NYC-based singer/songwriter Rachel Lynn delivers the best of both worlds with her music: passionate, pop R&B melodies and classically trained vocals. Although she took a brief hiatus from releasing new music to take a step back and regroup, she’s back and better than ever with her new single “Didn’t I.” I got the chance to talk with Rachel about how she got involved in music at a young age, what she learned about herself both personally and as an artist in the time since she last released music, the story behind “Didn’t I” and so much more. Keep reading to see what she had to say!
I come from a very musical family. My mom was a music teacher, my grandfather played in the military band, I have an uncle who’s a professional guitarist, and another uncle who’s a [music] theory professor in Utah; everyone values music and had a hand in that realm already. So I definitely grew up around the support of the arts and that really fostered [my love for music], like as soon as I could get into band – I did, and as soon as I could get into chorus – I did. That’s really where it all started.[Although it was] around high school was when I really started to think, “Oh I could pursue this as my life.” That’s where my preparation for college study started and I really took music to that level of education. I went to Maryland for that. About 6 months after I graduated, I moved out here to New York and have been here for 7 years, just gigging and releasing music.
Going back to high school real quick, was there a specific moment or person that made you realize that music is what you wanted to pursue professionally or was it something that just gradually occurred to you over time?
I always wanted to be a singer and I sort of just assumed that’s what everyone else wanted too. It was second grade chorus and I’m being called a mic hog and I’m like, “What? Aren’t we all trying to have a moment in the sun?” [laughs] I also think my mom was a big inspiration in terms of seeing something in me, whether I was good at it or just really liked it. I still remember her landing me an audition with the Peabody Children’s Chorus. I think it’s those things when you’re young and there’s a collective group of people who really value the thing and take it sort of out of a recreational level and into a “hey! We’re all really passionate about this” level. That level up was addictive to me. We are musicians, we are taking this for real and not negatively in a serious way, but like, “Wow. We’re allowed to find this really important.”
Right. And you said you studied music at Maryland?
Yeah, I was studying vocal performance. As musicians, we all talk about our previous instructors and our education experience, and I’m just incredibly lucky to have had the [voice] teacher I did, who was just an incredibly understanding person who just valued the journey of me finding my own voice and having that level of individualism. When you hear some stories about musicians going through their education, it’s very “here’s the mold and here’s how we’re going to fit you in it.” So I’m so grateful for that because I definitely think it sort of perpetuated a sense of individualism as I went out and tried to be a truly independent artist in every sense of the word.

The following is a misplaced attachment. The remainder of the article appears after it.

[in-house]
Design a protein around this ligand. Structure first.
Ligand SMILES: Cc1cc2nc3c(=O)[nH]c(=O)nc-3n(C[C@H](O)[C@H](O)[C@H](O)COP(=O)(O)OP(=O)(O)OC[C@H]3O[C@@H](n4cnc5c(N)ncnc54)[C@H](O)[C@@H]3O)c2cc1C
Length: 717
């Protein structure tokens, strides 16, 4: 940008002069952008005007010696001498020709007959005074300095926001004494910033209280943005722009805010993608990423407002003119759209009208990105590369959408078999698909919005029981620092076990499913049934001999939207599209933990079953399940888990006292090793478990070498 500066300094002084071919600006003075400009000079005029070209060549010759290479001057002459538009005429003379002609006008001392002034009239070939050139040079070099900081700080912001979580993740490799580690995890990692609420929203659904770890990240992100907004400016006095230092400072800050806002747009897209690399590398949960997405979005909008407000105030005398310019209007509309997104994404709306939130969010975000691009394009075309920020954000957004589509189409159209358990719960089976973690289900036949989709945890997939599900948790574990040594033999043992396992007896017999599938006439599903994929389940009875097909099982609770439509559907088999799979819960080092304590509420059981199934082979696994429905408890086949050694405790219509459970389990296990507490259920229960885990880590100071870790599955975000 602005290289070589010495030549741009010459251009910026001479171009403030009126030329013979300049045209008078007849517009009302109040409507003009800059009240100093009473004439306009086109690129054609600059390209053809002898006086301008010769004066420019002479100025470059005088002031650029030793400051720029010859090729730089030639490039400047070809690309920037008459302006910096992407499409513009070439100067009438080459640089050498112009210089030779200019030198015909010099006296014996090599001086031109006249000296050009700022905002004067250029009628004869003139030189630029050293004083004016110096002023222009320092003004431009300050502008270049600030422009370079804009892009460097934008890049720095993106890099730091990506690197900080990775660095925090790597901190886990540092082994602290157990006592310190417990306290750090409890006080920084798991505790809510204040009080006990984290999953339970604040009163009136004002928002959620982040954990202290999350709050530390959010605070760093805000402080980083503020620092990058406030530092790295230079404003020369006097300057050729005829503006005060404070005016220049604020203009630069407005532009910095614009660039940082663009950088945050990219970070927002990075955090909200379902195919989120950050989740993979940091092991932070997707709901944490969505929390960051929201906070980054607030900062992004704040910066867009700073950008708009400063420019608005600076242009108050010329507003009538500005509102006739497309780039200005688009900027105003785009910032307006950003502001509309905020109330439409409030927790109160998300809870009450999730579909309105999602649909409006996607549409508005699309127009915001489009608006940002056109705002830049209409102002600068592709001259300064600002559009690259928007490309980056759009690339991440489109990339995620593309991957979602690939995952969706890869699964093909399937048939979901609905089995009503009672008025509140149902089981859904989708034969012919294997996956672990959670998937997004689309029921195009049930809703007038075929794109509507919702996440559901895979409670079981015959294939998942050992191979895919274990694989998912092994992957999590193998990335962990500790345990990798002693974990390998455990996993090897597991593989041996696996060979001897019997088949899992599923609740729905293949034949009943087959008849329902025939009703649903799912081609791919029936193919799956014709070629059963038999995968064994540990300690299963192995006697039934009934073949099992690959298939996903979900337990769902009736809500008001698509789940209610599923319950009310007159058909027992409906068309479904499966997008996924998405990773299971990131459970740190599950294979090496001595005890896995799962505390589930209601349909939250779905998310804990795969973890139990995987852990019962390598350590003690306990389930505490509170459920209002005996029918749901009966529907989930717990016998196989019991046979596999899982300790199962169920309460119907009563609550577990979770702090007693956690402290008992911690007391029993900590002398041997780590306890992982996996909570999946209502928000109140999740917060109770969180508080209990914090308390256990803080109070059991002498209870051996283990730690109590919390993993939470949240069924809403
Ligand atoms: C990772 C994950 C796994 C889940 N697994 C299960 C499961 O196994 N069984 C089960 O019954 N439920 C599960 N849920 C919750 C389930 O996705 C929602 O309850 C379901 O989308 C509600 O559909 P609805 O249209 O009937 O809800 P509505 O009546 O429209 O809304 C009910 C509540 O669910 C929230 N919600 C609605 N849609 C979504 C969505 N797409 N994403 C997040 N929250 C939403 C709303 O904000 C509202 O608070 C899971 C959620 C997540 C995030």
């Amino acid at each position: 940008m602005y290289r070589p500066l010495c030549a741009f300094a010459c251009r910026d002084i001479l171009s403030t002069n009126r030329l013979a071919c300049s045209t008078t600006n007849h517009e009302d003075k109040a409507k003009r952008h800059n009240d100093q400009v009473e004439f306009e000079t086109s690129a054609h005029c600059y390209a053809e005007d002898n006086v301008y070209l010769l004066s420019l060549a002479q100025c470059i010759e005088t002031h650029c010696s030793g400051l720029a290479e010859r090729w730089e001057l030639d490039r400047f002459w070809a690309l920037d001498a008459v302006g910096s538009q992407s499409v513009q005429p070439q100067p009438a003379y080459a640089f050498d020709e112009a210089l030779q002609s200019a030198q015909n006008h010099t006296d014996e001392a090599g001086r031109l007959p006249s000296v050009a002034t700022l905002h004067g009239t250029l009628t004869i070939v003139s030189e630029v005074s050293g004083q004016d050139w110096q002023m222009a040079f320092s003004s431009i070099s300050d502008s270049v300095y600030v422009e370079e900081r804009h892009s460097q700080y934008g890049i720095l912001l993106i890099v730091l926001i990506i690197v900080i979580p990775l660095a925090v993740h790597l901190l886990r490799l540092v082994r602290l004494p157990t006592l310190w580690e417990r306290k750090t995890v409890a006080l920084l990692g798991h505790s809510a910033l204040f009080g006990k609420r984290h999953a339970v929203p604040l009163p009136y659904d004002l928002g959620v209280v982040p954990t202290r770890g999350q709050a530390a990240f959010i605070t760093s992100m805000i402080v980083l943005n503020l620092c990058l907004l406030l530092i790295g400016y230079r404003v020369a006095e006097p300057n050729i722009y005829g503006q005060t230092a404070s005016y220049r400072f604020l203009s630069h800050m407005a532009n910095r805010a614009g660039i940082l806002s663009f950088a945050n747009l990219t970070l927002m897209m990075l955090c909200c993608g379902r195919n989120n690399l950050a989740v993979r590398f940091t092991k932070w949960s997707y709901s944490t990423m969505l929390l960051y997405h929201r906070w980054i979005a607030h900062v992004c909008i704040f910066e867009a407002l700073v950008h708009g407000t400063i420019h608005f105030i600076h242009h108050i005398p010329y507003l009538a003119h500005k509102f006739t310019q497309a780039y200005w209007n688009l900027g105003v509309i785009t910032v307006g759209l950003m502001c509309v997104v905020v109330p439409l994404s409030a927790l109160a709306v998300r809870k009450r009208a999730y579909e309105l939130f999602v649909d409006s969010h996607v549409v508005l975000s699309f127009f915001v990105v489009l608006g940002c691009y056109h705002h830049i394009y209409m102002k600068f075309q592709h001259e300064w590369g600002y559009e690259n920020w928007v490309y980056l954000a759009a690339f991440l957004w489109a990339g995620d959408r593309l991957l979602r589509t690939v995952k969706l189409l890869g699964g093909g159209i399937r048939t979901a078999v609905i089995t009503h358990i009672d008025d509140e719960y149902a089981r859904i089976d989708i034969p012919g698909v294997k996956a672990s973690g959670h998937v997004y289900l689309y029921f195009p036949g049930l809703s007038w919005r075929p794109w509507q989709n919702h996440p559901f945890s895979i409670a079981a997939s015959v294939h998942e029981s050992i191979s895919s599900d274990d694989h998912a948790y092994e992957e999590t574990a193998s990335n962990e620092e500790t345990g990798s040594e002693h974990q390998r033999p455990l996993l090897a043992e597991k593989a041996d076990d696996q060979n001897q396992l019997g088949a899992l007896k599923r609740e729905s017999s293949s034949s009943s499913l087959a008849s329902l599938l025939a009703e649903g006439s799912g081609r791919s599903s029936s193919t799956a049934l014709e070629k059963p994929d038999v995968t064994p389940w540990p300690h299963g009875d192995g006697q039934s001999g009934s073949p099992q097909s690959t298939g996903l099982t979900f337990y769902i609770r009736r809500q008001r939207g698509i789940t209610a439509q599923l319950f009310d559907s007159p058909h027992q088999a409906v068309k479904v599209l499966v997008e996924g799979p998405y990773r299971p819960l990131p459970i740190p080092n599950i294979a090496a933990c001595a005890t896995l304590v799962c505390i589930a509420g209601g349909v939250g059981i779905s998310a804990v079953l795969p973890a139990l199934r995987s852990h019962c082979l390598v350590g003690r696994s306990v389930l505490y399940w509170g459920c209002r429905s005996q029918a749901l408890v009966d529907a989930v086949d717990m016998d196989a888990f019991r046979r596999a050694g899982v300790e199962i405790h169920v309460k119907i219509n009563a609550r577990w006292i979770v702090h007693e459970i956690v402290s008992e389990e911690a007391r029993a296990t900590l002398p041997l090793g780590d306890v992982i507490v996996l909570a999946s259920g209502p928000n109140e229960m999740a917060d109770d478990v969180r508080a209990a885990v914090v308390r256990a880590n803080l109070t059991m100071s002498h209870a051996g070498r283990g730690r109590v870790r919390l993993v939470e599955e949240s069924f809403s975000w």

Going off of that idea of being an individual and finding your own voice, I’m always genuinely curious about what artists want to convey with their music. So if you had to describe your sound without using genre names, how would you describe it?
Oh lord. I just remember the sense of emotion that would wash over me as a very young person hearing a song for the first time, or falling in love with a song and then hearing it on the radio and being like, “I’m not getting out of the car till it’s over.” The essence of that connection between the music and the listener is what I want for my music. To reach someone in that way is definitely the goal. I guess without [using] genre names that’s sort of how I would love to be able to describe it. But it’s soulful pop music, so I want people to feel connected and really [have them] enjoy the music itself.
Going off of that, who are some of your musical influences?
I love the old soul artists, Sam Cooke, Otis Redding, and everyone who was really getting into, and developing, what it meant to be soulful. As a singer, for me so much of that is in the vocals. You hear Otis Redding and he is giving everything to what he is doing. So the fact that it is captured in recording is surprising almost. You’re like, “Wow. Look at what he’s doing.” And then any contemporary artist that is pulling from those influences as well. I love Allen Stone. I think he has this unbelievable agility in his voice; I mean he has some of the slowest vibrato and he’s so in charge of his product and what he delivers and its amazing. There is also an artist, Donna Missal, who is currently blowing up. She was a big inspiration on this single, “Didn’t I”, because she is this powerhouse vocalist who is incredibly versatile. She’ll give you vulnerability, she’ll give you angry anthem Janis Joplin moments; she’s got tons of distortion in the guitars and also in the vocal and I think just what a cool way to convey emotion. So she was definitely an inspiration on this specific track as well.
Speaking of this new single, I know it’s been a couple of years since you’ve released new music. What made now the right time to release new material? What did you learn about yourself, both personally and as an artist, in that time?